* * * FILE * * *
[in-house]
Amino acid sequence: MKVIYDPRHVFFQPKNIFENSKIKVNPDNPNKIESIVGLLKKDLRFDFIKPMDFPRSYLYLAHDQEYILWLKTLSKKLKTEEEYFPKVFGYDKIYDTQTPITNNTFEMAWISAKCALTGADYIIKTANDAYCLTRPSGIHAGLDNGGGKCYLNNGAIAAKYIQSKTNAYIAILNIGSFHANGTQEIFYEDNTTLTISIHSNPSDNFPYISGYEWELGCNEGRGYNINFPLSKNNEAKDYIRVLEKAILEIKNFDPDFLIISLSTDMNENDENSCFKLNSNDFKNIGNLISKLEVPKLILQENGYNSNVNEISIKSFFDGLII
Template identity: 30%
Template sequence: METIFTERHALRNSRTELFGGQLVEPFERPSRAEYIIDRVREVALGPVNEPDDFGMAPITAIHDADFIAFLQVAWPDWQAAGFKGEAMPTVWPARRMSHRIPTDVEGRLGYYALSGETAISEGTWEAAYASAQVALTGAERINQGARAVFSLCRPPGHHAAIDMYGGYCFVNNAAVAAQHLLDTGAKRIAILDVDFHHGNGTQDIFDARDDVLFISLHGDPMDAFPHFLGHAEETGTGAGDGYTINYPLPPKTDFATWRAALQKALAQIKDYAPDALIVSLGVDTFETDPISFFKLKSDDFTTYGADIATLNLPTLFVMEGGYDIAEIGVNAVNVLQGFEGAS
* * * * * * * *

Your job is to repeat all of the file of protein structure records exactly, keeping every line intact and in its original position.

[in-house]
Amino acid sequence: MKVIYDPRHVFFQPKNIFENSKIKVNPDNPNKIESIVGLLKKDLRFDFIKPMDFPRSYLYLAHDQEYILWLKTLSKKLKTEEEYFPKVFGYDKIYDTQTPITNNTFEMAWISAKCALTGADYIIKTANDAYCLTRPSGIHAGLDNGGGKCYLNNGAIAAKYIQSKTNAYIAILNIGSFHANGTQEIFYEDNTTLTISIHSNPSDNFPYISGYEWELGCNEGRGYNINFPLSKNNEAKDYIRVLEKAILEIKNFDPDFLIISLSTDMNENDENSCFKLNSNDFKNIGNLISKLEVPKLILQENGYNSNVNEISIKSFFDGLII
Template identity: 30%
Template sequence: METIFTERHALRNSRTELFGGQLVEPFERPSRAEYIIDRVREVALGPVNEPDDFGMAPITAIHDADFIAFLQVAWPDWQAAGFKGEAMPTVWPARRMSHRIPTDVEGRLGYYALSGETAISEGTWEAAYASAQVALTGAERINQGARAVFSLCRPPGHHAAIDMYGGYCFVNNAAVAAQHLLDTGAKRIAILDVDFHHGNGTQDIFDARDDVLFISLHGDPMDAFPHFLGHAEETGTGAGDGYTINYPLPPKTDFATWRAALQKALAQIKDYAPDALIVSLGVDTFETDPISFFKLKSDDFTTYGADIATLNLPTLFVMEGGYDIAEIGVNAVNVLQGFEGAS